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Diversity of native larvivorous fish fauna during pre and post tsunami in Car Nicobar, Andaman & Nicobar Islands, India

1 ICMR-National Institute of Malaria Research, Field Unit, ITKI, Ranchi-835301, Jharkhand, India
2 GB Panth Hospital, Port Blair-744104, Andaman & Nicobar Islands, India

Correspondence Address:
Manoj Kumar Das,
ICMR-National Institute of Malaria Research, Field Unit, ITKI, Ranchi-835301, Jharkhand
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Source of Support: None, Conflict of Interest: None

DOI: 10.4103/0972-9062.318317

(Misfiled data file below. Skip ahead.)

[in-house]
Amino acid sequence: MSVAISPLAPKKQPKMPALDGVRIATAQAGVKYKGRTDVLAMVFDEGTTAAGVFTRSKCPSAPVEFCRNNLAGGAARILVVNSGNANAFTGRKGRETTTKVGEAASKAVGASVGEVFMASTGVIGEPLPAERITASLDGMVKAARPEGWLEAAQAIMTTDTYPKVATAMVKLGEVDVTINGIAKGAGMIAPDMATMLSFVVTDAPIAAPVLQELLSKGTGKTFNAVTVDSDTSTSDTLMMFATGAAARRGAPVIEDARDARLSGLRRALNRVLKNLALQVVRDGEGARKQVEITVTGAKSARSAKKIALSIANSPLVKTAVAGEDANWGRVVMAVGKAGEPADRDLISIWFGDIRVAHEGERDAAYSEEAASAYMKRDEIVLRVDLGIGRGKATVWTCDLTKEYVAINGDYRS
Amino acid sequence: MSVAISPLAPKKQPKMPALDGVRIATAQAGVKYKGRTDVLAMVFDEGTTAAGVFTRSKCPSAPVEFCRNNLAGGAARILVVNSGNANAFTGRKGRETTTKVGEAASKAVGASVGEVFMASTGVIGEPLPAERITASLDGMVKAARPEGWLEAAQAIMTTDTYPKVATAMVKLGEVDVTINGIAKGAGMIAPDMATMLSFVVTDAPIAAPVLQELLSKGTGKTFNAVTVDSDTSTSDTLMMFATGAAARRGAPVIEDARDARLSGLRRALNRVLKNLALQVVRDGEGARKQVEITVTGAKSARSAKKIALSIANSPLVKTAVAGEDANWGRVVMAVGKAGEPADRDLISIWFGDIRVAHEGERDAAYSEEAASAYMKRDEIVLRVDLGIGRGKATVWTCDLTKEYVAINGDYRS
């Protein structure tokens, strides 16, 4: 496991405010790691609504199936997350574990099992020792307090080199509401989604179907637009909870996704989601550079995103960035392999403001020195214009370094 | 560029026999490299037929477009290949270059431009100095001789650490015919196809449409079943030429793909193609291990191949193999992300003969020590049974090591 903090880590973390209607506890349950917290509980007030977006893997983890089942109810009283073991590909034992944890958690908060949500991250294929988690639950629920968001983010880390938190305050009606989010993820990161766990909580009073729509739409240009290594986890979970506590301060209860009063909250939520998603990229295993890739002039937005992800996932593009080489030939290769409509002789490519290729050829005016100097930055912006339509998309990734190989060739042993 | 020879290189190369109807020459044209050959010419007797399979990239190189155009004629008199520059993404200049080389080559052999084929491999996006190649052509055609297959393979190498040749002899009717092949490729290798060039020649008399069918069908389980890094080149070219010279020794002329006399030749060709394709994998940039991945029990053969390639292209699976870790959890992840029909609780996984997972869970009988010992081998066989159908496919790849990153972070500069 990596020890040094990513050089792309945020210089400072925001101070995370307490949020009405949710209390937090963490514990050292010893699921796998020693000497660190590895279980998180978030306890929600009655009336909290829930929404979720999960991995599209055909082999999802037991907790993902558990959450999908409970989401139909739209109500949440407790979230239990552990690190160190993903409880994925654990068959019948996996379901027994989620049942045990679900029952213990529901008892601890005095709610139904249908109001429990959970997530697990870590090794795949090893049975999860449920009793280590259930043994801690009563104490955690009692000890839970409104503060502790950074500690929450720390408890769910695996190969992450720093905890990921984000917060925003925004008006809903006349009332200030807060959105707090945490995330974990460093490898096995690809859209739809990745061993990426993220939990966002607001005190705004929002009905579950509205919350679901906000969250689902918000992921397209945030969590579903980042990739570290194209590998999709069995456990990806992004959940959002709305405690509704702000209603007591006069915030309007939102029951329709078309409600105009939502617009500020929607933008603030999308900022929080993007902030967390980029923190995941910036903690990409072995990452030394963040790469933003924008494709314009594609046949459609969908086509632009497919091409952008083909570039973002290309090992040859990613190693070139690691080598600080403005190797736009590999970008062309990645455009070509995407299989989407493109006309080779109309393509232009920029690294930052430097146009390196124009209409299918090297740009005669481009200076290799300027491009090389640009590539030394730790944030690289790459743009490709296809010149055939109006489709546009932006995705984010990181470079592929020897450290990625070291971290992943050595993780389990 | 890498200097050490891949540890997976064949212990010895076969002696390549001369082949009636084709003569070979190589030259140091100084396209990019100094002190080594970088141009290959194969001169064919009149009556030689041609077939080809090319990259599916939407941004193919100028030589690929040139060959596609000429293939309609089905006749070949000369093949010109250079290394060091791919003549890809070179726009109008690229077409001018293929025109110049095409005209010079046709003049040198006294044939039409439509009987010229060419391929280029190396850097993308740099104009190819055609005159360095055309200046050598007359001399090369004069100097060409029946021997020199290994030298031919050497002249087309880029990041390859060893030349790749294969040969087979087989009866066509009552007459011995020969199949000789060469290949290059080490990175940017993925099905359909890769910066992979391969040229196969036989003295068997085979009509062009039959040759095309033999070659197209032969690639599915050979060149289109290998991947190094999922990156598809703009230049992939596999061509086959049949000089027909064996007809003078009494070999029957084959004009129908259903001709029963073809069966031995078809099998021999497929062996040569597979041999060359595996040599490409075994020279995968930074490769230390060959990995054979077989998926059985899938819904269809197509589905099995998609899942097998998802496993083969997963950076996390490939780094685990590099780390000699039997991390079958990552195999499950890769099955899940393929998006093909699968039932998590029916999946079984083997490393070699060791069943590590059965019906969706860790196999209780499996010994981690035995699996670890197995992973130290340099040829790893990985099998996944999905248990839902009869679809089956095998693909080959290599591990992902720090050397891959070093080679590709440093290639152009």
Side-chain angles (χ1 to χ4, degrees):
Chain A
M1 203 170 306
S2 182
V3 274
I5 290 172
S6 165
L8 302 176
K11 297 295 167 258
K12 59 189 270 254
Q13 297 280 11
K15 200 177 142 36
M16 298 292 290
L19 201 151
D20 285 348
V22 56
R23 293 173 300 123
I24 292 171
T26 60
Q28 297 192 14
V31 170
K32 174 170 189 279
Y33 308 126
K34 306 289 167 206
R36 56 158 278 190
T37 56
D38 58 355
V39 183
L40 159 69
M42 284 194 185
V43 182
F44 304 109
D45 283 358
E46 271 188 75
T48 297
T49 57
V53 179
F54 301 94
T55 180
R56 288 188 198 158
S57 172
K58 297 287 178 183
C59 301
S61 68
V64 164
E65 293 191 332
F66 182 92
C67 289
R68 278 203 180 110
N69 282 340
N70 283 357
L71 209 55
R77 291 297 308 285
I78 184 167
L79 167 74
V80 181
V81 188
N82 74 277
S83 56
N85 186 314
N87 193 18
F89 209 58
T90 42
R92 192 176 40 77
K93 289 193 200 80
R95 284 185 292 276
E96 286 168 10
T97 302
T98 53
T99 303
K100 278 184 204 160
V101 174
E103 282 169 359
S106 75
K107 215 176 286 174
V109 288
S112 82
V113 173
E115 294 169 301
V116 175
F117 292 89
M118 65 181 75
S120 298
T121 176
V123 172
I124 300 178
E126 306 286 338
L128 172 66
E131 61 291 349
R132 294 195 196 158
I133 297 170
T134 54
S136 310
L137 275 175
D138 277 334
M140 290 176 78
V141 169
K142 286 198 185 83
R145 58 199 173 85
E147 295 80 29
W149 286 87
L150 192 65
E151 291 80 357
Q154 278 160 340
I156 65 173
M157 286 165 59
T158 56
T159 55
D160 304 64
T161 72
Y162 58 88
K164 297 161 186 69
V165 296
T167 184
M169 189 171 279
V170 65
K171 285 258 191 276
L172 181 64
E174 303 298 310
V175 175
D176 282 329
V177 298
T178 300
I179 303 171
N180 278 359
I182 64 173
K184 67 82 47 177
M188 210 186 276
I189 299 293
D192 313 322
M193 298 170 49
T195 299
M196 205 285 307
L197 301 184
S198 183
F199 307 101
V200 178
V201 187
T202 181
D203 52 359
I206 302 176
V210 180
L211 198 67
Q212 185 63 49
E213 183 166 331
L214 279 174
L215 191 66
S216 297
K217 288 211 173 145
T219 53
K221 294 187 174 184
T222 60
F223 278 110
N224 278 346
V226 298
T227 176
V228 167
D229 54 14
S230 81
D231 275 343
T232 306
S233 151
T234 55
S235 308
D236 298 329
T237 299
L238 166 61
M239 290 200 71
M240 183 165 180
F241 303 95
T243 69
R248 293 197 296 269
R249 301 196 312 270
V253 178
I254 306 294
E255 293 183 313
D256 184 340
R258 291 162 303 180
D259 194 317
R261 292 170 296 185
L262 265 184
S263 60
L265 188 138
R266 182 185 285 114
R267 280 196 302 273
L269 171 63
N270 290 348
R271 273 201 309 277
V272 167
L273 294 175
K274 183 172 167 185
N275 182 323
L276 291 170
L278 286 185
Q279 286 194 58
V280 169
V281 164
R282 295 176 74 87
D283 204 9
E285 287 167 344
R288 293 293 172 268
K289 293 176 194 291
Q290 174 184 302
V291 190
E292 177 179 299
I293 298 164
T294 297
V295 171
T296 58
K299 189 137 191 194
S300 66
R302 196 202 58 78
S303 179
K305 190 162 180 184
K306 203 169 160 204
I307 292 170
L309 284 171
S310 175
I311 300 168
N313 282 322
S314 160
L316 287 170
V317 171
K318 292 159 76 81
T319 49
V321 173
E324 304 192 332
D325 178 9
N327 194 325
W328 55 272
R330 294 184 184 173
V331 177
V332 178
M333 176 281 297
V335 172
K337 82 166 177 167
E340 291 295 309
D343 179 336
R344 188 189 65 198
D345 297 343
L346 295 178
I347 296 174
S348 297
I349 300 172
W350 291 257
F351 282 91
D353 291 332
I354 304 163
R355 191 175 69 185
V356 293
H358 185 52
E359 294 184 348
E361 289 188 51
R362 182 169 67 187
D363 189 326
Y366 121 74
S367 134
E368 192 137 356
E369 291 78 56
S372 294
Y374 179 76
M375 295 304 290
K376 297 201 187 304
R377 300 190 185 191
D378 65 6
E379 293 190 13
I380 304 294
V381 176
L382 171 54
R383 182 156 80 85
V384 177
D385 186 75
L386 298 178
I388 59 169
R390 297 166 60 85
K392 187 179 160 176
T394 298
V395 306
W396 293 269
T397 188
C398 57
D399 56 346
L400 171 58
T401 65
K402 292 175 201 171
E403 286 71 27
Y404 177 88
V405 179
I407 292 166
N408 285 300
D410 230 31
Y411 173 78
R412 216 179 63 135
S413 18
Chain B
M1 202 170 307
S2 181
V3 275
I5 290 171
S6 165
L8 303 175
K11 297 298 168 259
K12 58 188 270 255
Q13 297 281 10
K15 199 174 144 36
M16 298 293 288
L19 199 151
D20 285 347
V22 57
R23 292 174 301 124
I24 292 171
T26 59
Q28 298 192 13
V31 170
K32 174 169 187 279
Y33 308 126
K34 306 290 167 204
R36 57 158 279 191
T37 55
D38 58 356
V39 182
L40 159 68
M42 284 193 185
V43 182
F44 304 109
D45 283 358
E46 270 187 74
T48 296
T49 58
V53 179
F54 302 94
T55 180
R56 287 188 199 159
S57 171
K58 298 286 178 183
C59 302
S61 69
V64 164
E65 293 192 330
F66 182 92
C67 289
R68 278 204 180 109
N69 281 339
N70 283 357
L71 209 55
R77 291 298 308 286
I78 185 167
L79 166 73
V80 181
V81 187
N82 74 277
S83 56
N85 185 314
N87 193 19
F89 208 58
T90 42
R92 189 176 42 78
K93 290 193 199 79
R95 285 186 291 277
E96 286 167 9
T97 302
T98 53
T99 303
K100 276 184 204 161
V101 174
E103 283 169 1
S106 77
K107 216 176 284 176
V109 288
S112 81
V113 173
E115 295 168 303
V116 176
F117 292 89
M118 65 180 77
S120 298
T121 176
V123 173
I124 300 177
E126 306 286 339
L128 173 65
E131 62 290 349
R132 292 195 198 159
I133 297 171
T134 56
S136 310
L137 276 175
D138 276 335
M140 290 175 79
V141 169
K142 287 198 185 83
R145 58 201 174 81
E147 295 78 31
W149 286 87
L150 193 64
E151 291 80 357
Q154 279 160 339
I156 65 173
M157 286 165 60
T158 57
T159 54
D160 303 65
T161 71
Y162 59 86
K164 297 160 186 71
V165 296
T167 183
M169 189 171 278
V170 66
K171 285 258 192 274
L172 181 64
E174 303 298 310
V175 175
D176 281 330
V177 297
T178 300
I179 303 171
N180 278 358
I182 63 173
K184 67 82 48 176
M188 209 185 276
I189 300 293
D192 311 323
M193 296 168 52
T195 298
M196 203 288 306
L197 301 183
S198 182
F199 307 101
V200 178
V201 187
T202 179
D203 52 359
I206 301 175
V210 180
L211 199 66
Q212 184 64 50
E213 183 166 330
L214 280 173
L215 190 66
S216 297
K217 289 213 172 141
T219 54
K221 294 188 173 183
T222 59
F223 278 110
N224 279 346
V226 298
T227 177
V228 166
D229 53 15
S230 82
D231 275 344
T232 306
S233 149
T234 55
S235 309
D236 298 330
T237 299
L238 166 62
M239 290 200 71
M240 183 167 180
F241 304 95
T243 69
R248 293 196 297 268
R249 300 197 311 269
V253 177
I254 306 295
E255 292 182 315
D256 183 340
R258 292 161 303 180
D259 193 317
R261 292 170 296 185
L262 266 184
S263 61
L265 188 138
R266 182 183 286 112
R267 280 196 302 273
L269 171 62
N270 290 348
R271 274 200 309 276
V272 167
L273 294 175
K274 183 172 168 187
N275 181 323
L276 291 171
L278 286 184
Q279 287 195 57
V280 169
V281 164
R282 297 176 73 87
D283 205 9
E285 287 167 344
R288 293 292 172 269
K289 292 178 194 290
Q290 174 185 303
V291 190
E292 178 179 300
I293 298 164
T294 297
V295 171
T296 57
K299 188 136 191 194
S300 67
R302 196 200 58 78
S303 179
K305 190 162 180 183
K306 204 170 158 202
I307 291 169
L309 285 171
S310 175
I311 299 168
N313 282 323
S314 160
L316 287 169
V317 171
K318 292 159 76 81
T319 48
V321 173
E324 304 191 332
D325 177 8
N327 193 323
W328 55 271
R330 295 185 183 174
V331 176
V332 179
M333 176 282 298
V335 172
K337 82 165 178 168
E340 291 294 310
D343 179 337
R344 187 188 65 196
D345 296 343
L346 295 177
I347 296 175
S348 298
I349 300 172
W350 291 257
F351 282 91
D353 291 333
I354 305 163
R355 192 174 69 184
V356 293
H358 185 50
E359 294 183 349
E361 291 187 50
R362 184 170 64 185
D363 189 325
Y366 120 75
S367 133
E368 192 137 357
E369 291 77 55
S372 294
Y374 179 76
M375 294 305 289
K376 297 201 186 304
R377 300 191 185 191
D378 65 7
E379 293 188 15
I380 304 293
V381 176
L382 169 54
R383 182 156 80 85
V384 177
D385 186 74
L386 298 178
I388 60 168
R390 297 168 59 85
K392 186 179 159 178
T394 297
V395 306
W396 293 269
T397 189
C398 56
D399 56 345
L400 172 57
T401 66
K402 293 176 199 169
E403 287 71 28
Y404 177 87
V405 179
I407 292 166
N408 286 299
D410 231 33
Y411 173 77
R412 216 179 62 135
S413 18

Background & objectives: Malaria is a serious public health problem in Car Nicobar Island, Andaman & Nicobar Islands, India. Using larvivorous fishes has proved to be the cheapest method for vector management approach, with long suppression of mosquito population. This study aims to scale-up the diversity of larvivorous fishes and their potential larvivoracity to evolve an appropriate biological intervention strategy against the immature stages of malaria vectors. Methods: During 2003 (pre-tsunami) and 2014-2016 (post-tsunami), an ecological descriptive survey was carried out in the water bodies around Car Nicobar Island. Fishes were captured using fishing nets and cast nets; and placed in plastic jars and preserved in formalin solution. Fishes were identified and classified according to the available keys. Their abundance and data on the current conservation status was recorded and analyzed. Their potential larvivoracity was graded according to their feeding intensity. Results: Pre-tsunami, a total of 27 larvivorous fish species belonging to 11 orders, 23 families and 23 genera were identified. Order Perciformes and the family Cyprinidae were the most ascendant group constituting 51.9 and 11.1%, respectively. While, 80.8% of species were preferred to inhabit the freshwater region, only 37% of species were surface feeders (SF). According to the conservation, assessment and management plan (CAMP, 1998), 44.4% species were at lower risk least concern (LRlc), while 55.6% species were at least concerned (LC) as per the IUCN, 2017 categorization. However, after the tsunami, 17 fish species had gone extinct and 10 fish species were found to remain alive in the local water bodies. Interpretation & conclusion: Post-tsunami, the larvivoracity analysis indicated that Ophicara aporos, Ophiocara procephala, Valamugil seheli, Channa punctata, Kuhlia rupestris, Khulia mugil, and Terapon jarbua possess high-level larvivorous potentiality in nature and are recommended for vector control in the study area. These fish species were facing several anthropogenic threats, such as human interference, loss of habitat, trade, overexploitation, and fishing. Therefore, it is important to protect the water bodies from external impact and implement the conservation strategies. Further, periodic fish fauna surveys, identification of breeding sites, scale-up the larvivorous potentiality at the field level, creating public awareness through health education on establishment of larvivorous fish ponds and planning for mass rearing of the native fish species should be adopted as part of vector management approach in the endemic malarious region of Car Nicobar Island.

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